The recent heatwave has been making most of us crave home made ices. However, if you don’t have an ice cream maker Karen’s simple yet fresh blackcurrant sorbet can easily be made without one. Discover how to make the most of the season’s summer berries too.
Britain has been basking in weeks of sunshine now, with just the odd blip of unseasonal weather here and there, and I have been buying ice cream and sorbets almost daily. But, with the soft fruits in my garden coming into season now, it seems wasteful not to use them all, and whereas I am normally to be found in the “jam factory” aka a small room with a gas ring at the back of my house, this year’s heat wave has sent me running for my ice cream machine.
The most prolific of fruits this year is without doubt my blackcurrants, they have been fruiting for the last two weeks and I reckon I still have another week’s worth of fruit to pick. My redcurrants, white currants and raspberries have also been abundant, but the stars of this summer’s soft fruit harvest are definitely the blackcurrants. Their glossy dark purple orbs can be seen from the top of the garden, with hundreds of berries peeping through the leaves. The bushes are situated near the chicken run and I often see my hens eying up the juicy booty of fruit!
Blackcurrants have a special place in my heart for more personal reasons too; my mother, a veritable forager and gardener extraordinaire, used to make bottles and bottles of blackcurrant cordial every year. She would walk down to a neglected part of an old park and pick kilos and kilos of these perky little berries. There was no need to buy any Ribena for our house, as mum made enough cordial to last the whole year, and it was delicious with a wonderful lemon tang to it. I remember drinking it hot during the winter months, with honey, to ward off colds and flu’.
But of all the recipes that I make using these tart little berries, my favourite has to be Sorbet Cassis (Blackcurrant Sorbet), an easy recipe that keeps the intense flavour of the fruit with a slug of liqueur de crème de cassis added for good measure! (Not for the children of course) The recipe I am sharing below is suitable to make without an ice cream maker too, so a very handy little recipe to have tucked up your culinary sleeve. It’s simply bursting with berries and makes a refreshing end to any summer meal. Plus, it’s also nice to have a tub of home-made ice cream or sorbet tucked away for a scoop or two whilst watching the television……or just because, and why not in this heat.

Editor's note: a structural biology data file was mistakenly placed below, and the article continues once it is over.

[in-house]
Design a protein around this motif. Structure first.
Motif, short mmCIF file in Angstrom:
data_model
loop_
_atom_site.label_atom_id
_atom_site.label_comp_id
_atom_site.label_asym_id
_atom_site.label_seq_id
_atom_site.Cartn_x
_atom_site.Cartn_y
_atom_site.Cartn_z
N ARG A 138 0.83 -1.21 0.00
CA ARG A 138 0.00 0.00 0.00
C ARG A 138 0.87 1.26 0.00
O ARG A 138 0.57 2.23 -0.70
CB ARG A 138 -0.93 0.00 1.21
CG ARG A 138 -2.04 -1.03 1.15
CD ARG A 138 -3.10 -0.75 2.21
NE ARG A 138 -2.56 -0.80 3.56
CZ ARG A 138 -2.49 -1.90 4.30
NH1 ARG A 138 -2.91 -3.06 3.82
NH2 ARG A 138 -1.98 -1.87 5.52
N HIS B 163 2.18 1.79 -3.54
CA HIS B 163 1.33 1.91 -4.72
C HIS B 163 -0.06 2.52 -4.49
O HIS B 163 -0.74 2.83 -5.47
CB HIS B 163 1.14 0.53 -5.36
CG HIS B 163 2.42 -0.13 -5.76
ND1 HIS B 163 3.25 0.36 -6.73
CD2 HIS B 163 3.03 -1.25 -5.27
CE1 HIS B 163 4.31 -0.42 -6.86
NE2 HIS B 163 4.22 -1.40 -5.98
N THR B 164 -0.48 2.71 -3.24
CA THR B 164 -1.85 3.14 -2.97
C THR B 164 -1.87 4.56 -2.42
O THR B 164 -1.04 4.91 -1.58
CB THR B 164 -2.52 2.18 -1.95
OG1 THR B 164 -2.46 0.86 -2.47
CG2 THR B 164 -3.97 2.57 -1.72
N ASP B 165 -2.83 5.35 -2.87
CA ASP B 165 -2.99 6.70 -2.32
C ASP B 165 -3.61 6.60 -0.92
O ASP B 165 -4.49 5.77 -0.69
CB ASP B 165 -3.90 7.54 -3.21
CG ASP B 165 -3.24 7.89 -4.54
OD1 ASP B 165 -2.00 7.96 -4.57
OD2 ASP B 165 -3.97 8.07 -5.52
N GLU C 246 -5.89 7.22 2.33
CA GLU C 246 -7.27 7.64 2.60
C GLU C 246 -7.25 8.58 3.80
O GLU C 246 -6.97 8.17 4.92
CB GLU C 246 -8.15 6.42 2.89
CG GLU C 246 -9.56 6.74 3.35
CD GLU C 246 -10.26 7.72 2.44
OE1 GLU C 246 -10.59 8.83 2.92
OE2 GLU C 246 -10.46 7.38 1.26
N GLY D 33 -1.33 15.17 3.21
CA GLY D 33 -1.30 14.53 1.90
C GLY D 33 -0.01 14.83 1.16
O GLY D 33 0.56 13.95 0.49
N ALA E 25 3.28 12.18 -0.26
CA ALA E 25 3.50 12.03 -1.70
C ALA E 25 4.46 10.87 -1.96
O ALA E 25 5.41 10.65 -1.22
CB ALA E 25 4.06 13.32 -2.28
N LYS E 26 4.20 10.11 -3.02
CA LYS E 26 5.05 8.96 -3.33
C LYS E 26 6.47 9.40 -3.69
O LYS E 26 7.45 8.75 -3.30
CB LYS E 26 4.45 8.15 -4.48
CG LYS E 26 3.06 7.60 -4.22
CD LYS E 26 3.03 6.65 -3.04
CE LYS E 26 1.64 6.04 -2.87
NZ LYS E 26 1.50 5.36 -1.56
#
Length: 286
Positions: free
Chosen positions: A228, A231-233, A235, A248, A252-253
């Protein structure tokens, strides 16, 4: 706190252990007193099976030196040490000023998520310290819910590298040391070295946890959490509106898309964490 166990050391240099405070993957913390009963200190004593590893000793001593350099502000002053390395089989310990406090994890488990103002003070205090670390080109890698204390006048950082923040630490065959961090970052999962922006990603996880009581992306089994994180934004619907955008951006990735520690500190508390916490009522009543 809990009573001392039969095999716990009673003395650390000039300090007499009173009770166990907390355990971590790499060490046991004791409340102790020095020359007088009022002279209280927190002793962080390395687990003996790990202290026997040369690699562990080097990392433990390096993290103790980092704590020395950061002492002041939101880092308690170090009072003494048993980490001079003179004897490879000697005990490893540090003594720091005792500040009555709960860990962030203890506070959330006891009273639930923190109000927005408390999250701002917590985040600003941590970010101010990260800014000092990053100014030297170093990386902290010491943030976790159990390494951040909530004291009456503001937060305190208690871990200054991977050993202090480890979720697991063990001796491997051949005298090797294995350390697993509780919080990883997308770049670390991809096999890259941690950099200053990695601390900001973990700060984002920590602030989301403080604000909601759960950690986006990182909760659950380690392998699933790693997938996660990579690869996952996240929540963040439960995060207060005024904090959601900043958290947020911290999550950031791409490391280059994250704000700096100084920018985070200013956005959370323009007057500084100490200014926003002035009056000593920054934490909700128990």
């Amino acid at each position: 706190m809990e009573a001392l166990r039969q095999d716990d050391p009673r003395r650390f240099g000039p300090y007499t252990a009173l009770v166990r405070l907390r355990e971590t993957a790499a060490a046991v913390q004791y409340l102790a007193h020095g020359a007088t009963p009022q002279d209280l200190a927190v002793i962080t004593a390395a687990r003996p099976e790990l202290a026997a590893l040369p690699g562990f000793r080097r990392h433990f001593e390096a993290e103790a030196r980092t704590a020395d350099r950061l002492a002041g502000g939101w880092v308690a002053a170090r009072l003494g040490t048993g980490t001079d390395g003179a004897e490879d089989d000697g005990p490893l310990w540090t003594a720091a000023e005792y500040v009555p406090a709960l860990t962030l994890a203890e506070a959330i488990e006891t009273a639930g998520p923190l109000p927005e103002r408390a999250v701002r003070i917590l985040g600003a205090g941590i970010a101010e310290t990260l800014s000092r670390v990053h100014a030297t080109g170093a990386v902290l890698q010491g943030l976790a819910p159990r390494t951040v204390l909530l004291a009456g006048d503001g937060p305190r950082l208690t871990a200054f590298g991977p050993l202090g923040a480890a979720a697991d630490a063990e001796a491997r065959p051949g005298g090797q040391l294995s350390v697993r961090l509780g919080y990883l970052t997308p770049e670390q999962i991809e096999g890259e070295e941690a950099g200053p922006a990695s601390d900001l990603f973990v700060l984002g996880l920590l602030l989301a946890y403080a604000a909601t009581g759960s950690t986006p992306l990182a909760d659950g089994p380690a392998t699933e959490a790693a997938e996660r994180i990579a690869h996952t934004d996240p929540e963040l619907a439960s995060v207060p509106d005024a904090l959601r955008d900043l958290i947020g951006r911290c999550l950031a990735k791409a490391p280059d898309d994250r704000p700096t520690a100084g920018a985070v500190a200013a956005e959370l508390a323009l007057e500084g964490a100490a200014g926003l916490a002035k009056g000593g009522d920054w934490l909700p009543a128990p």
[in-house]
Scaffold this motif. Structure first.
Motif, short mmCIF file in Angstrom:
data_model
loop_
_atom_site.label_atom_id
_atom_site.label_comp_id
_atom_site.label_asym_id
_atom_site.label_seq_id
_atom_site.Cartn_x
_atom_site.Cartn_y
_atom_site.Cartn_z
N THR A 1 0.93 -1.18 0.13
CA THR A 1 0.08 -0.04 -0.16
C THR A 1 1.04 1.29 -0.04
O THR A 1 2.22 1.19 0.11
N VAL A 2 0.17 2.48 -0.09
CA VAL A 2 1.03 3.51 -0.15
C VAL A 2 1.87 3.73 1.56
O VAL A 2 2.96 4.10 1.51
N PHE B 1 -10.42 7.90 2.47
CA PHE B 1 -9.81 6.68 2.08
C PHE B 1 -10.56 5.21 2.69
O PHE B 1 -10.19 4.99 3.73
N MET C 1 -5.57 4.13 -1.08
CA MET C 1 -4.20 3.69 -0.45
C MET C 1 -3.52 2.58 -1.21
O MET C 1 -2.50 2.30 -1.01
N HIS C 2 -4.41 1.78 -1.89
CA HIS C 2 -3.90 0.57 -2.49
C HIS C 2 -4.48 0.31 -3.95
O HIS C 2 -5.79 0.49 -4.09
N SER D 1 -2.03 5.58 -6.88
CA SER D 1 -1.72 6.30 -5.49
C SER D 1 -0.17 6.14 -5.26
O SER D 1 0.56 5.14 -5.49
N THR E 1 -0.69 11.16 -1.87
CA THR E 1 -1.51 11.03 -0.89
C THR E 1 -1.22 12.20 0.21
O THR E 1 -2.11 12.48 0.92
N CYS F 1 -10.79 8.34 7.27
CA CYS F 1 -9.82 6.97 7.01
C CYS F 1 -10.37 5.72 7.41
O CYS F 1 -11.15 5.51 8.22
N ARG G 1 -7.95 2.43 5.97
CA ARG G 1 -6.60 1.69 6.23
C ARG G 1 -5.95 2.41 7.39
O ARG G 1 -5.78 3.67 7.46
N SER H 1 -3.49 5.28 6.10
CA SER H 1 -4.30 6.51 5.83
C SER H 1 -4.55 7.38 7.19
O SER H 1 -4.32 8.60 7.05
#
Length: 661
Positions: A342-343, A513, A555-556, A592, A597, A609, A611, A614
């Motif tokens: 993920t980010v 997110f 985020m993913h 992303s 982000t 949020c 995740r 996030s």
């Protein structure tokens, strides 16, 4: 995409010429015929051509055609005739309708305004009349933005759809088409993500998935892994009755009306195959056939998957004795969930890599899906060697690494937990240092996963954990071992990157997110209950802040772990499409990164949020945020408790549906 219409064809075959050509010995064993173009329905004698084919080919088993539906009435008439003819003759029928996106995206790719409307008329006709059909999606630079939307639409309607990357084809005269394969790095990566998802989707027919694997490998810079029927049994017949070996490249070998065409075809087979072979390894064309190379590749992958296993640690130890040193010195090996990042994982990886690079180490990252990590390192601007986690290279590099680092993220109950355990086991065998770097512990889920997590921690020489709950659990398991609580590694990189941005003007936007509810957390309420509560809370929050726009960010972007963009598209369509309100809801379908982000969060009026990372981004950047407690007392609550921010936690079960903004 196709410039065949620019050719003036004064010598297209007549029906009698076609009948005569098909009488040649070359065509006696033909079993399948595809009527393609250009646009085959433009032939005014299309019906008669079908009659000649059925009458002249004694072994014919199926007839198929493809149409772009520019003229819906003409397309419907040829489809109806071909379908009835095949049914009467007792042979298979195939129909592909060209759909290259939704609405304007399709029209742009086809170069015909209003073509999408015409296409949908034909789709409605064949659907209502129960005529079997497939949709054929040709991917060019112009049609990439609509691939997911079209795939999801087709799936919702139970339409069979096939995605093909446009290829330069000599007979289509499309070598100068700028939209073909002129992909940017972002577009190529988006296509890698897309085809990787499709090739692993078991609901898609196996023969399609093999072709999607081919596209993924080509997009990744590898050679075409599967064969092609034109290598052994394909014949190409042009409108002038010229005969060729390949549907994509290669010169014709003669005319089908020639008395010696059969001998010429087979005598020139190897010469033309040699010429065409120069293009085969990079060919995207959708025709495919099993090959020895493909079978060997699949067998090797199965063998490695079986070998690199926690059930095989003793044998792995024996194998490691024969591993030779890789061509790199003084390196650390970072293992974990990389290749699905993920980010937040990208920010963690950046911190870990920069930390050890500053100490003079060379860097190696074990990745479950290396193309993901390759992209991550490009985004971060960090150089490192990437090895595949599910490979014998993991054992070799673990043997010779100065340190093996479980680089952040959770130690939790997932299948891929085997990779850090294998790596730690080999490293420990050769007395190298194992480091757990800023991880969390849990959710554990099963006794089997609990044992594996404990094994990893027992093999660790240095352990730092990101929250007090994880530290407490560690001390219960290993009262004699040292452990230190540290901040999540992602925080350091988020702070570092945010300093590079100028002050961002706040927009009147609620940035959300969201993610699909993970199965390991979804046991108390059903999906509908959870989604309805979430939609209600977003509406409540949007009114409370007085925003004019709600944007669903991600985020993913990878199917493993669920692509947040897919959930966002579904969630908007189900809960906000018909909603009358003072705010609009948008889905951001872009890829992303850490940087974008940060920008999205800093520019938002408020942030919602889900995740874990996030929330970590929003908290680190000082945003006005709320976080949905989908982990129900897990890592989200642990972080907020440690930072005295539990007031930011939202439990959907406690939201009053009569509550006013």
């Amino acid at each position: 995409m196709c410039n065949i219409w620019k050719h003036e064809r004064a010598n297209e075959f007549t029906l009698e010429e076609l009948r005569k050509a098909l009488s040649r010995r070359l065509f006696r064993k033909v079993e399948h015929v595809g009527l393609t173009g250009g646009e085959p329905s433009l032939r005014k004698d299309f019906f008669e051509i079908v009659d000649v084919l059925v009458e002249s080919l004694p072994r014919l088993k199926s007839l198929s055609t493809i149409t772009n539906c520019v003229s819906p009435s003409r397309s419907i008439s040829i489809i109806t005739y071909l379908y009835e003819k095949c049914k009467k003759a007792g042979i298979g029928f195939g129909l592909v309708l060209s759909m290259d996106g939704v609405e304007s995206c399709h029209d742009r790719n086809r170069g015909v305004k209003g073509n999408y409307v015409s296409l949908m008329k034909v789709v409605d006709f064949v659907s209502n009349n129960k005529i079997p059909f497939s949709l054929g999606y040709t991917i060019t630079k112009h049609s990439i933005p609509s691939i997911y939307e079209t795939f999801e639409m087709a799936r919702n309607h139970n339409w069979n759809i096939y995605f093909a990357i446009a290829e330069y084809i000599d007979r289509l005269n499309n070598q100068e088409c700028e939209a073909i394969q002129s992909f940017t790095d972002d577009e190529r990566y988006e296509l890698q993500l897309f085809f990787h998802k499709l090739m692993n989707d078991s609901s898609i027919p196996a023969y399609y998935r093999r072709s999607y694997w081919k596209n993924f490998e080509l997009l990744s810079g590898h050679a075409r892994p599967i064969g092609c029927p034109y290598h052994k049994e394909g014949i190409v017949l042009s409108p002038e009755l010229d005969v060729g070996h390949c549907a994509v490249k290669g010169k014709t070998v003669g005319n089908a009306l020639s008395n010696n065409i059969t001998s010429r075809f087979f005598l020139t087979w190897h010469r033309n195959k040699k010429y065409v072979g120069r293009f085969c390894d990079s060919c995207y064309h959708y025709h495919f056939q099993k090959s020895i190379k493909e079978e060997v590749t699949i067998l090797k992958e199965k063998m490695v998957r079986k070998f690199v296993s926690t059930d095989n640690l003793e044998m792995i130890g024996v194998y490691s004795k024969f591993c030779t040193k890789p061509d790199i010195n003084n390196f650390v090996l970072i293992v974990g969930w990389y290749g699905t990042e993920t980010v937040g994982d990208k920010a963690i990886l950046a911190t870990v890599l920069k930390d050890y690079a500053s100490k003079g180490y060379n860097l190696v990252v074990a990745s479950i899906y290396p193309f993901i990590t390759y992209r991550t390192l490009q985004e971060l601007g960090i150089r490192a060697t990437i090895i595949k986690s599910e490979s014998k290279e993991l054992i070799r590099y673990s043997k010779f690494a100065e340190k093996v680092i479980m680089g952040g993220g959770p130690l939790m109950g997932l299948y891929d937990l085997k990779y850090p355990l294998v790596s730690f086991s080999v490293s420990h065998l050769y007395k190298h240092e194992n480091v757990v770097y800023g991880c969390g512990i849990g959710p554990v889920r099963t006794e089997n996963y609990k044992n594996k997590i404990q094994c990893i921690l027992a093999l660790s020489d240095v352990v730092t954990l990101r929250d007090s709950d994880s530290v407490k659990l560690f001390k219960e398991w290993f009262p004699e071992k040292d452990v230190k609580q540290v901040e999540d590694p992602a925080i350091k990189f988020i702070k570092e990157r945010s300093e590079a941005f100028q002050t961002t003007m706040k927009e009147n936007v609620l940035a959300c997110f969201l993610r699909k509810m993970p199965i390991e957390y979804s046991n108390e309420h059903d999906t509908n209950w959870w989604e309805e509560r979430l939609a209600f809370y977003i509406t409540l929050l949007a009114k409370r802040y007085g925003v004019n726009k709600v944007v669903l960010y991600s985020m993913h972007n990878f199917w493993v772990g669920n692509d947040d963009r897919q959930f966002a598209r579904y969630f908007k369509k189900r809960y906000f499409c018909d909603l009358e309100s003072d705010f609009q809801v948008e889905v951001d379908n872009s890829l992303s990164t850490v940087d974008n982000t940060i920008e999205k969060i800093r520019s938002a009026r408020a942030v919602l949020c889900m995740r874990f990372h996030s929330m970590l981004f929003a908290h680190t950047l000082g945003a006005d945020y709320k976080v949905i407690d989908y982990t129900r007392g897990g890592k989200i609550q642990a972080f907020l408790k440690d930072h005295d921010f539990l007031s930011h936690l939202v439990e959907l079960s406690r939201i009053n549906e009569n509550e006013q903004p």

This recipe is a classic French recipe and it takes no time to make at all; a simple sugar syrup is made first, and then the fruit is cooked in it before being sieved and then churned and eaten! C’est parfait! The recipe is shared below, and I hope you enjoy it as much as we do; it is also fabulous when garnished with fresh mint leaves and served with a raspberry coulis for an added fruity zing. If you cannot get hold of any blackcurrants, then raspberries make a great alternative and you can add a glass of framboise liqueur in place of the liqueur de crème de cassis.
Sorbet Cassis – Blackcurrant Sorbet Recipe
(Can be used with or without an ice cream maker)
150g caster sugar
200ml boiling water
500g fresh blackcurrants (topped and tailed)
Juice of 1 lemon
1 small glass of liqueur de crème de cassis (about 90ml) – This is optional
1. Make syrup by stirring the sugar with the boiling water until it’s dissolved, then allow it to cool for about fifteen minutes.
2. Cook the blackcurrants in the syrup for about five to seven minutes, or until the fruit is soft. Place the fruit in a food processor and process until the blackcurrants are pureed, then strain the puree into a bowl through a sieve, rubbing with the back of a spoon to remove the pips. Stir in the lemon juice and allow it to cool completely. Add the liqueur de crème de cassis if using at this stage too.
3. Freeze the sorbet in an ice-cream machine according to manufacturer’s instructions until it becomes a thick slush, then scoop into a freezer container; I use an old ice cream container, and freeze until it has set fully. Or, if not using an ice cream machine, pour the sorbet into a shallow freezer container, placing it in the freezer, before taking it out three to four times to beat as it freezes – this stops ice crystals forming. Before serving, allow the sorbet to thaw and soften slightly, for about five minutes, and then scoop the sorbet into bowls.
For more sensational ice cream recipes and sorbet recipes visit Great British Chefs. Which fruit are your favourites in ice creams or sorbets? Let us know here or over on Great British Chefs Facebook page.
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